It covers payment methods and information on banking systems, foreign exchange controls, and U.S. and correspondent banking.
Methods of Payments
Belize’s financial architecture allows for several method of payments for trade financing, including letters of credit, documentary collections, revolving lines of credit, international wire transfers and international credit card payment, among others. Collection agencies operate nationwide and may operate on behalf of the utility companies, town, and city councils, and for property tax collection. There are no credit rating agencies in Belize, but efforts are being made to enact legislation related to credit reporting and to establish the financial infrastructure for credit bureaus and a collateral registry.
Non-cash payment instruments include checks, debit cards, credit cards, and direct credits. Three main electronic payment mechanisms are used in Belize, including the POS and ATM networks that facilitate payments by debit card and credit cards; direct credit facilities to make bulk payments such as salaries and pension; and online bill payment facilities. MasterCard and Visa are widely accepted and, to a lesser extent, American Express.
For more information about the methods of payment or other trade finance options, please read the Trade Finance Guide.
Generally, there are no restrictions on foreigners opening Belizean bank accounts. However, persons seeking to open a bank account must comply with Central Bank regulations, which differ based on residency status and whether the individual is seeking to establish a local bank account or a foreign currency account. Foreign banks and branches are allowed to operate in the country. All banks are subject to Central Bank measures and regulations.
The Central Bank authorized in 2020 several relief measures to support the financial system and alleviate the economic and financial strains brought on by the COVID-19 pandemic. As a result, domestic banks and credit unions were authorized to extend forbearance programs, establish flexible debt servicing arrangements, and extend the repayment periods for credit facilities until December 2021. The Central Bank is currently reviewing its forbearance program, and domestic banks and credit unions have assessed loan portfolios with a view to phasing out these programs and resuming regular loan classifications.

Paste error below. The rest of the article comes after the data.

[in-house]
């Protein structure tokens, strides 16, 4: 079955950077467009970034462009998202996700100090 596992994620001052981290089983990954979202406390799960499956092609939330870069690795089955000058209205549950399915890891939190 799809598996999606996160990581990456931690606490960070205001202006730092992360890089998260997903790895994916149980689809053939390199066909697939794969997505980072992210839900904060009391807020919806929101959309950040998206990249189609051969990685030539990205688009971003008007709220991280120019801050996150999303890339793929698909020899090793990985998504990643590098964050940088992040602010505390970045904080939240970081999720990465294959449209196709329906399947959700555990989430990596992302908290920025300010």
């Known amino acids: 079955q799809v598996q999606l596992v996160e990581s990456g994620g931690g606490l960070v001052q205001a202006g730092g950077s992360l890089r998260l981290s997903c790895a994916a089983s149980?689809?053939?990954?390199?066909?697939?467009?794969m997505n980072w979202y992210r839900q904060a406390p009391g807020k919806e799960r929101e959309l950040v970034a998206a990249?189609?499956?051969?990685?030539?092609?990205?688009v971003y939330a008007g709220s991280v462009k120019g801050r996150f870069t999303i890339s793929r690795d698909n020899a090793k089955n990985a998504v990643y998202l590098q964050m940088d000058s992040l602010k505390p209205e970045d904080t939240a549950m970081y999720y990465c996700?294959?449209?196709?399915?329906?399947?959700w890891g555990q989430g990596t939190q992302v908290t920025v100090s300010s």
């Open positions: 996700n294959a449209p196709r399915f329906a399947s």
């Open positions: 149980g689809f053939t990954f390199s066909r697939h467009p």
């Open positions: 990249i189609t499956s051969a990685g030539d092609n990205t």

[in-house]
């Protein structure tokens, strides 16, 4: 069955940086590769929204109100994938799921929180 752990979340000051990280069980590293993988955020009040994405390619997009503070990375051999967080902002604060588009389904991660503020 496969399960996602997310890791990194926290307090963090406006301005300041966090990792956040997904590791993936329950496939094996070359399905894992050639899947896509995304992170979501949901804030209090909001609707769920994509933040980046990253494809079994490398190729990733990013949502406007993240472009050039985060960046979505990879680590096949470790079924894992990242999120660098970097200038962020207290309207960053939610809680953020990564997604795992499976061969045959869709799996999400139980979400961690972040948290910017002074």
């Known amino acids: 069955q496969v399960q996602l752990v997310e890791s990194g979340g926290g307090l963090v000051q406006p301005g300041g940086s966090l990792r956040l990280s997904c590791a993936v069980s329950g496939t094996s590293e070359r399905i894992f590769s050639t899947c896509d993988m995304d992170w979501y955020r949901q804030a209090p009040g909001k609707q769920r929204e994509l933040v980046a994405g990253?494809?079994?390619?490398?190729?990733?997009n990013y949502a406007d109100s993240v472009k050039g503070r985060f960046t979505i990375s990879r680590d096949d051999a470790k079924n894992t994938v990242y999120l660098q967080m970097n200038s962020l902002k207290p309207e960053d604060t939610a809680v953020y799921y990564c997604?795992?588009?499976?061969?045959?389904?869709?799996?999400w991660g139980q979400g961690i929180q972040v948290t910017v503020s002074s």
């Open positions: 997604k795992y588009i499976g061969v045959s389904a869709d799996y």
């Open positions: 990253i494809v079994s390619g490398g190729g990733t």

In March 2021, the Government of Belize amended the Central Bank Act and authorized the Central Bank to provide emergency programs and facilities to a wide array of institutions including banks, financial institutions, statutory corporations, and other similar bodies. As a follow-on to the legislative amendments, the Central Bank launched the Emergency Business Support Program in November 2021 to provide financial support to businesses affected by the pandemic, including the “purchase of financial assets including debt, equity and securities, credit facilities or discounting of notes, drafts or bills of exchange.” Through this measure, the Government of Belize hopes to make available US $25 million in liquidity to invest in the productive sector, particularly in tourism businesses.
Foreign Exchange Controls
The Government of Belize has established currency controls, and foreign investors seeking to convert, transfer, or repatriate funds must comply with Central Bank regulations. Foreign investments must be registered at the Central Bank to facilitate inflows and outflows of foreign currency. Foreign investors must register their inflow of funds to obtain an “Approved Status” for their investment and generally are approved for repatriation of funds thereafter. The Central Bank does, however, reserve the right to request evidence supporting applications for repatriation.
To protect the availability of foreign currency, the Central Bank extended the temporary suspension from April 2021 on all payments of cash dividends and repatriation of profits to April 2022.
U.S. Banks and Local Correspondent Banks
Belize’s financial system comprises four domestic banks, three international banks, and ten credit unions. While all banks have correspondent banking relations, these relationships are still tenuous, with delays in transactions, and fewer services offered at higher costs. Since January 2020, both a domestic and an international bank each lost a correspondent bank. Additionally, all correspondent banking relations with Scotiabank (Belize) Limited were discontinued with the conclusion of the sale of this financial institution to Caribbean International Holdings Limited in 2021.